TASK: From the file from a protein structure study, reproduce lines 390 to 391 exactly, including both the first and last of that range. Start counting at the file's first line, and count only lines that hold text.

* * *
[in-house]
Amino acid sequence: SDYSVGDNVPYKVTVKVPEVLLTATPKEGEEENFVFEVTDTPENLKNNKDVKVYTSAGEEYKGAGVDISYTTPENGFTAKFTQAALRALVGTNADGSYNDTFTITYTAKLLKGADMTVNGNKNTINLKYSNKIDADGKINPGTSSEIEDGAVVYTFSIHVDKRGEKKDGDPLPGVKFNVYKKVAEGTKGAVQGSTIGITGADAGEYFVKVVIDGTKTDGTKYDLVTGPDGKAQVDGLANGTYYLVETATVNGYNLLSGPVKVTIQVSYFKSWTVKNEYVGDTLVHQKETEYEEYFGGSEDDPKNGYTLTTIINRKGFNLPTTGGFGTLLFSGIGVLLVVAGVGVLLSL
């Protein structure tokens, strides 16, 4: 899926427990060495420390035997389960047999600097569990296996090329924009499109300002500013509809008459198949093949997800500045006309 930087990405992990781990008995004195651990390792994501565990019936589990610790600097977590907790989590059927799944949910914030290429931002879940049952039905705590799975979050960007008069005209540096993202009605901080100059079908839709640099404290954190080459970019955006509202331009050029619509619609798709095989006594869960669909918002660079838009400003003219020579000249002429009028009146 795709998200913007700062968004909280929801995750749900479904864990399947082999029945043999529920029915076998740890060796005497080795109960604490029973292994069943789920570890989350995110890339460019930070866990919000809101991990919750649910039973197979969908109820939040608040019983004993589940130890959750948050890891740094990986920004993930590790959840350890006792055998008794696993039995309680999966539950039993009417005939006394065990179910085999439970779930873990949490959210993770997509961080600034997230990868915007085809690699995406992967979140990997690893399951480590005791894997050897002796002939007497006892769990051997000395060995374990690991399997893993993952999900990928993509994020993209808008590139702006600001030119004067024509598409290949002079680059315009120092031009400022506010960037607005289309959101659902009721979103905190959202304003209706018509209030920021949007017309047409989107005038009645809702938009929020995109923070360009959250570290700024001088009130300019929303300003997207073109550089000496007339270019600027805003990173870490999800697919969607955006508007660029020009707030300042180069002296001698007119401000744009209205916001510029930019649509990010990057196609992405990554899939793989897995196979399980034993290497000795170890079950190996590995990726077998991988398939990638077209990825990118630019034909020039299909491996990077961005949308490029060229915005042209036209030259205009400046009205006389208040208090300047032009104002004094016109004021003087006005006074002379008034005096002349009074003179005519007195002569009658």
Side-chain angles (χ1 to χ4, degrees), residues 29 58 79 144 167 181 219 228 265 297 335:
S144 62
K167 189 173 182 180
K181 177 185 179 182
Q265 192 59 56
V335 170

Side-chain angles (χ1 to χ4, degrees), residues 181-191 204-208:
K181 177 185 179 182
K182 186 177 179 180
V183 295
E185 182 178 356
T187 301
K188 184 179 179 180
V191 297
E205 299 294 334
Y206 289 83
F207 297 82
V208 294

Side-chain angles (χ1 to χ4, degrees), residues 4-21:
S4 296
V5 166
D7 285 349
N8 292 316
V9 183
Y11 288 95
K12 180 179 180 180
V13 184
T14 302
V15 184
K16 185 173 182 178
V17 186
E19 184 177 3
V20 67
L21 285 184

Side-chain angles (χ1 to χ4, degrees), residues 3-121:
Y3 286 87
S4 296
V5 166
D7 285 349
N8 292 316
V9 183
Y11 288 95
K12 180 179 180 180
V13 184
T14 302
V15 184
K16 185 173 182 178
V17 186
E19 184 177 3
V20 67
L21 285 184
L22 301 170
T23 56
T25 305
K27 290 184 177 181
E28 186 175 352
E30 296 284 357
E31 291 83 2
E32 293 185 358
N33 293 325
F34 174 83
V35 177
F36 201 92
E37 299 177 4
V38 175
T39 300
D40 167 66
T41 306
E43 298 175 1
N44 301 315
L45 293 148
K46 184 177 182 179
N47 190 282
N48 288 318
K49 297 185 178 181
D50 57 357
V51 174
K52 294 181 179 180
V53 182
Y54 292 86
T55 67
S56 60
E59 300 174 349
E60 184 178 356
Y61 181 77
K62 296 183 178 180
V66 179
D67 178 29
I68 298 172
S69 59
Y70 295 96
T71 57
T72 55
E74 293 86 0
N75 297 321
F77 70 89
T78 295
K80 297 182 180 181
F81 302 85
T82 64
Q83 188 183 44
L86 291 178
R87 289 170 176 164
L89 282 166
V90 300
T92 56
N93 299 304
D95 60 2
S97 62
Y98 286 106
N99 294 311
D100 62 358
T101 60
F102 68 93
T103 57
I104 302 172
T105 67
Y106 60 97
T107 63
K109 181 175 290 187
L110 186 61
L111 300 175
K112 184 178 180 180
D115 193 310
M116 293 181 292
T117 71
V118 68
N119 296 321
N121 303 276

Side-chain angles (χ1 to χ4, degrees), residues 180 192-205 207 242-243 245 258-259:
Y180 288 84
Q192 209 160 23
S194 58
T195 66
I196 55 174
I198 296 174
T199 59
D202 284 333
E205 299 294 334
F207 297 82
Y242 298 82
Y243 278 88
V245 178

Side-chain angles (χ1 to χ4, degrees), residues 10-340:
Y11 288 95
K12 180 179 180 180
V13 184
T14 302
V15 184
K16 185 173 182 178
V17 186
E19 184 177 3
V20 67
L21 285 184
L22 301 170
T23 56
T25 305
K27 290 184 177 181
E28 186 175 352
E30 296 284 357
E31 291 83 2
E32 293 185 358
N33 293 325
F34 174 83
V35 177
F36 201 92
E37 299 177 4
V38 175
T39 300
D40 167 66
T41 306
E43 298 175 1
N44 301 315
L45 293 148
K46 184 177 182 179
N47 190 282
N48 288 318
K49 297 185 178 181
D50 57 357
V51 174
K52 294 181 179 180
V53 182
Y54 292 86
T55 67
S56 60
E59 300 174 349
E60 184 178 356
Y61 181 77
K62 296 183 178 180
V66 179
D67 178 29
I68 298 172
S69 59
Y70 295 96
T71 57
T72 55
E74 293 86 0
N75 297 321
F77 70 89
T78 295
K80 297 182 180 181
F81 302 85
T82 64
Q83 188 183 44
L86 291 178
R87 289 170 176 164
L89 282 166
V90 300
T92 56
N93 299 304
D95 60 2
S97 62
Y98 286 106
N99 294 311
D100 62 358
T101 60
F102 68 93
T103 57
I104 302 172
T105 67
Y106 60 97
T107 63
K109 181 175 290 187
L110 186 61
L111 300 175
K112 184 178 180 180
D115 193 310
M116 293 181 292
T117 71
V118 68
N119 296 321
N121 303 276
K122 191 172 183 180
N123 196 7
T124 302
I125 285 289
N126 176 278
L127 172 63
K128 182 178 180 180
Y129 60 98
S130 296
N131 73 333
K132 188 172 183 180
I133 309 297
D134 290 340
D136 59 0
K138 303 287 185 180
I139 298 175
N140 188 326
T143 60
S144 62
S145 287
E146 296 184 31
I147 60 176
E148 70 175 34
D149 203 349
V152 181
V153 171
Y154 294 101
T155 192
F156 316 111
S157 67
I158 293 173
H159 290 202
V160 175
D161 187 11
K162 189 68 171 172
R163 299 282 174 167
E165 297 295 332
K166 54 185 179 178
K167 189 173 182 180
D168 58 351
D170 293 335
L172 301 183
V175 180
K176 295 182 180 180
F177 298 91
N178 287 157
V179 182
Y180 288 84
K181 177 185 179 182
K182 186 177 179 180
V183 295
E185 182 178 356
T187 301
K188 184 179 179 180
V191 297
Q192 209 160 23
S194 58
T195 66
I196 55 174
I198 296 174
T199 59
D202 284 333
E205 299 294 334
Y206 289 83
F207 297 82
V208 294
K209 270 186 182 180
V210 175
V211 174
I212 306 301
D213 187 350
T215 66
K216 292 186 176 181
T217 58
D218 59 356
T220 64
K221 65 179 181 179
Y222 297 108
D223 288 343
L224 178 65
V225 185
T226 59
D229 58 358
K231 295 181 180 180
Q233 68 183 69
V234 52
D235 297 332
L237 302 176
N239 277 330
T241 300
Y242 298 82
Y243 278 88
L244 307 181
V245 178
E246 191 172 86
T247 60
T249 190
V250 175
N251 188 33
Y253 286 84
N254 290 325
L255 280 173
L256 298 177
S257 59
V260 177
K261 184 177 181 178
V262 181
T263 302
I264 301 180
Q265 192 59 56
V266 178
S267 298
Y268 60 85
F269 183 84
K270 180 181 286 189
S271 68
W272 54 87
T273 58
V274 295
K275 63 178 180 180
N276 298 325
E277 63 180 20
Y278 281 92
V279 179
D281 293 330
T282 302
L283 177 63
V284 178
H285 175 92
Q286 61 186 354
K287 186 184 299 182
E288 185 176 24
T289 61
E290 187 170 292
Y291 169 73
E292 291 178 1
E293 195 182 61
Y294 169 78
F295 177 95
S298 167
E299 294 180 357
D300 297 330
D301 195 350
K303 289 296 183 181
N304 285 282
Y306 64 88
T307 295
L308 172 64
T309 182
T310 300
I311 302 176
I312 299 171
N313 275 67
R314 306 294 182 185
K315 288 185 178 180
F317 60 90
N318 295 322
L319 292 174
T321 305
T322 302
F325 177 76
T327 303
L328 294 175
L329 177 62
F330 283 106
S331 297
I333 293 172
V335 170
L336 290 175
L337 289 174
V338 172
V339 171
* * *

K315 288 185 178 180
F317 60 90